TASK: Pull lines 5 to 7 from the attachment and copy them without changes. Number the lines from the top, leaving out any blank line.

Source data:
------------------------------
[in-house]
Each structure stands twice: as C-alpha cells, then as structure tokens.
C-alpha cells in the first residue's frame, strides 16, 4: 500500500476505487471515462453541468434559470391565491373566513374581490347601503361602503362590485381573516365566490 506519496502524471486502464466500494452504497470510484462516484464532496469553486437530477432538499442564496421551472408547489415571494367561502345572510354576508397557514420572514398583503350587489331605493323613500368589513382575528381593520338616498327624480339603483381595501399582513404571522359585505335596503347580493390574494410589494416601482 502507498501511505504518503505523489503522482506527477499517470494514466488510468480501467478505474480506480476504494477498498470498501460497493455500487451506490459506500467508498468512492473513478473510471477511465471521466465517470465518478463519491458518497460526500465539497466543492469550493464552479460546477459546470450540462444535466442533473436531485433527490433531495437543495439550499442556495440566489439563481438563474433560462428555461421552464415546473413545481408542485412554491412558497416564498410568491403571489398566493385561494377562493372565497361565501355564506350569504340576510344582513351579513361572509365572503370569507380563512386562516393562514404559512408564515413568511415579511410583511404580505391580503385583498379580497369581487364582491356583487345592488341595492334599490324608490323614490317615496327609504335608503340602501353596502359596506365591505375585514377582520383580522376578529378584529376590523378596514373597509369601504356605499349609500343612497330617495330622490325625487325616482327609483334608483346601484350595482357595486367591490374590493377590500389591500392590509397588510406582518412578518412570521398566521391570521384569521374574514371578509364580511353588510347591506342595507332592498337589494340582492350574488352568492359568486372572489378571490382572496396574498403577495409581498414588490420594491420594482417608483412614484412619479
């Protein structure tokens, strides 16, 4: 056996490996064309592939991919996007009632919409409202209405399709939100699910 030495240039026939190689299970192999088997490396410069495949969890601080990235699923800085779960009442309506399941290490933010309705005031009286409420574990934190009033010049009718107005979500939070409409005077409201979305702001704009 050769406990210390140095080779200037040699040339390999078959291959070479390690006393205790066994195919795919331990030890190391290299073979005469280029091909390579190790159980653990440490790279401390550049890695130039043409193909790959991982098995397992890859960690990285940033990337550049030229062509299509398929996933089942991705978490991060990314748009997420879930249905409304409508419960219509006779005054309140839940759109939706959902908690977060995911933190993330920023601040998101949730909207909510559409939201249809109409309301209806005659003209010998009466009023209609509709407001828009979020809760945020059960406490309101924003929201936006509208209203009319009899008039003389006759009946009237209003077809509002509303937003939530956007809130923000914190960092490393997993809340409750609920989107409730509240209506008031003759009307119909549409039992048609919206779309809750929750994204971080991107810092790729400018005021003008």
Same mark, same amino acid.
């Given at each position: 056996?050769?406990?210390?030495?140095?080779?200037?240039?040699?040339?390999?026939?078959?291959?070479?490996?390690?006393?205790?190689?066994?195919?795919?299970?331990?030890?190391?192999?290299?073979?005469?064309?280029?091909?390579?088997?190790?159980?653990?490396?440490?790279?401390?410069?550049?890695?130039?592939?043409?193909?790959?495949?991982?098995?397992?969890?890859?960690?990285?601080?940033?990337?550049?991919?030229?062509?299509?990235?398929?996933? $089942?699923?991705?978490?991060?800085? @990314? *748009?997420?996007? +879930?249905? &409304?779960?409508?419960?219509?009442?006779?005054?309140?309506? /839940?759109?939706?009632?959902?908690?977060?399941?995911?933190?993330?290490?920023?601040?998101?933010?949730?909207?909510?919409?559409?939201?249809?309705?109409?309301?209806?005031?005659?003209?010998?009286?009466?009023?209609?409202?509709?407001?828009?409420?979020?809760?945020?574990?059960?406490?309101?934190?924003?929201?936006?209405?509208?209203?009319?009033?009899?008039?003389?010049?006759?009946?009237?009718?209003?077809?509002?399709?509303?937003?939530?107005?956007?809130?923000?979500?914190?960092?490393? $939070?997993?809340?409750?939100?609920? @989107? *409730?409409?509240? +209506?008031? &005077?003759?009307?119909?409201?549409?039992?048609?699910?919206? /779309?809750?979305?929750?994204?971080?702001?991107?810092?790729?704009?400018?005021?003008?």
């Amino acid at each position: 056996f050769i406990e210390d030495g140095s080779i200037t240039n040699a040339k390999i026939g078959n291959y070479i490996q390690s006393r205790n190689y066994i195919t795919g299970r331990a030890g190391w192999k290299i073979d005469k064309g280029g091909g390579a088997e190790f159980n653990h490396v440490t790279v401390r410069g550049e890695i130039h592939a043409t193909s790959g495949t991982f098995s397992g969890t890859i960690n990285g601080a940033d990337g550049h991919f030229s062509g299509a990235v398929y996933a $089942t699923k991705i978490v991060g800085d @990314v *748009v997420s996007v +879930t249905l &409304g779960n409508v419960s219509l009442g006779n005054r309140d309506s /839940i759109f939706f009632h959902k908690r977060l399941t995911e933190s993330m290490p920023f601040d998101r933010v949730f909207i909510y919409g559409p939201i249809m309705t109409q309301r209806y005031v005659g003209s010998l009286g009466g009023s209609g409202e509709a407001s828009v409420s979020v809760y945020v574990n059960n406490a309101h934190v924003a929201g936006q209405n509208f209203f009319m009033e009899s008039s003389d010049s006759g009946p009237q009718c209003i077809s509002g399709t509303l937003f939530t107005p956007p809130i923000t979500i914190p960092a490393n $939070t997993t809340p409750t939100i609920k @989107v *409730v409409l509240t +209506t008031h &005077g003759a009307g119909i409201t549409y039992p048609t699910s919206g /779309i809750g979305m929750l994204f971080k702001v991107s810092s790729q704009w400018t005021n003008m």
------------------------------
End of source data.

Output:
Same mark, same amino acid.
């Given at each position: 056996?050769?406990?210390?030495?140095?080779?200037?240039?040699?040339?390999?026939?078959?291959?070479?490996?390690?006393?205790?190689?066994?195919?795919?299970?331990?030890?190391?192999?290299?073979?005469?064309?280029?091909?390579?088997?190790?159980?653990?490396?440490?790279?401390?410069?550049?890695?130039?592939?043409?193909?790959?495949?991982?098995?397992?969890?890859?960690?990285?601080?940033?990337?550049?991919?030229?062509?299509?990235?398929?996933? $089942?699923?991705?978490?991060?800085? @990314? *748009?997420?996007? +879930?249905? &409304?779960?409508?419960?219509?009442?006779?005054?309140?309506? /839940?759109?939706?009632?959902?908690?977060?399941?995911?933190?993330?290490?920023?601040?998101?933010?949730?909207?909510?919409?559409?939201?249809?309705?109409?309301?209806?005031?005659?003209?010998?009286?009466?009023?209609?409202?509709?407001?828009?409420?979020?809760?945020?574990?059960?406490?309101?934190?924003?929201?936006?209405?509208?209203?009319?009033?009899?008039?003389?010049?006759?009946?009237?009718?209003?077809?509002?399709?509303?937003?939530?107005?956007?809130?923000?979500?914190?960092?490393? $939070?997993?809340?409750?939100?609920? @989107? *409730?409409?509240? +209506?008031? &005077?003759?009307?119909?409201?549409?039992?048609?699910?919206? /779309?809750?979305?929750?994204?971080?702001?991107?810092?790729?704009?400018?005021?003008?």
């Amino acid at each position: 056996f050769i406990e210390d030495g140095s080779i200037t240039n040699a040339k390999i026939g078959n291959y070479i490996q390690s006393r205790n190689y066994i195919t795919g299970r331990a030890g190391w192999k290299i073979d005469k064309g280029g091909g390579a088997e190790f159980n653990h490396v440490t790279v401390r410069g550049e890695i130039h592939a043409t193909s790959g495949t991982f098995s397992g969890t890859i960690n990285g601080a940033d990337g550049h991919f030229s062509g299509a990235v398929y996933a $089942t699923k991705i978490v991060g800085d @990314v *748009v997420s996007v +879930t249905l &409304g779960n409508v419960s219509l009442g006779n005054r309140d309506s /839940i759109f939706f009632h959902k908690r977060l399941t995911e933190s993330m290490p920023f601040d998101r933010v949730f909207i909510y919409g559409p939201i249809m309705t109409q309301r209806y005031v005659g003209s010998l009286g009466g009023s209609g409202e509709a407001s828009v409420s979020v809760y945020v574990n059960n406490a309101h934190v924003a929201g936006q209405n509208f209203f009319m009033e009899s008039s003389d010049s006759g009946p009237q009718c209003i077809s509002g399709t509303l937003f939530t107005p956007p809130i923000t979500i914190p960092a490393n $939070t997993t809340p409750t939100i609920k @989107v *409730v409409l509240t +209506t008031h &005077g003759a009307g119909i409201t549409y039992p048609t699910s919206g /779309i809750g979305m929750l994204f971080k702001v991107s810092s790729q704009w400018t005021n003008m």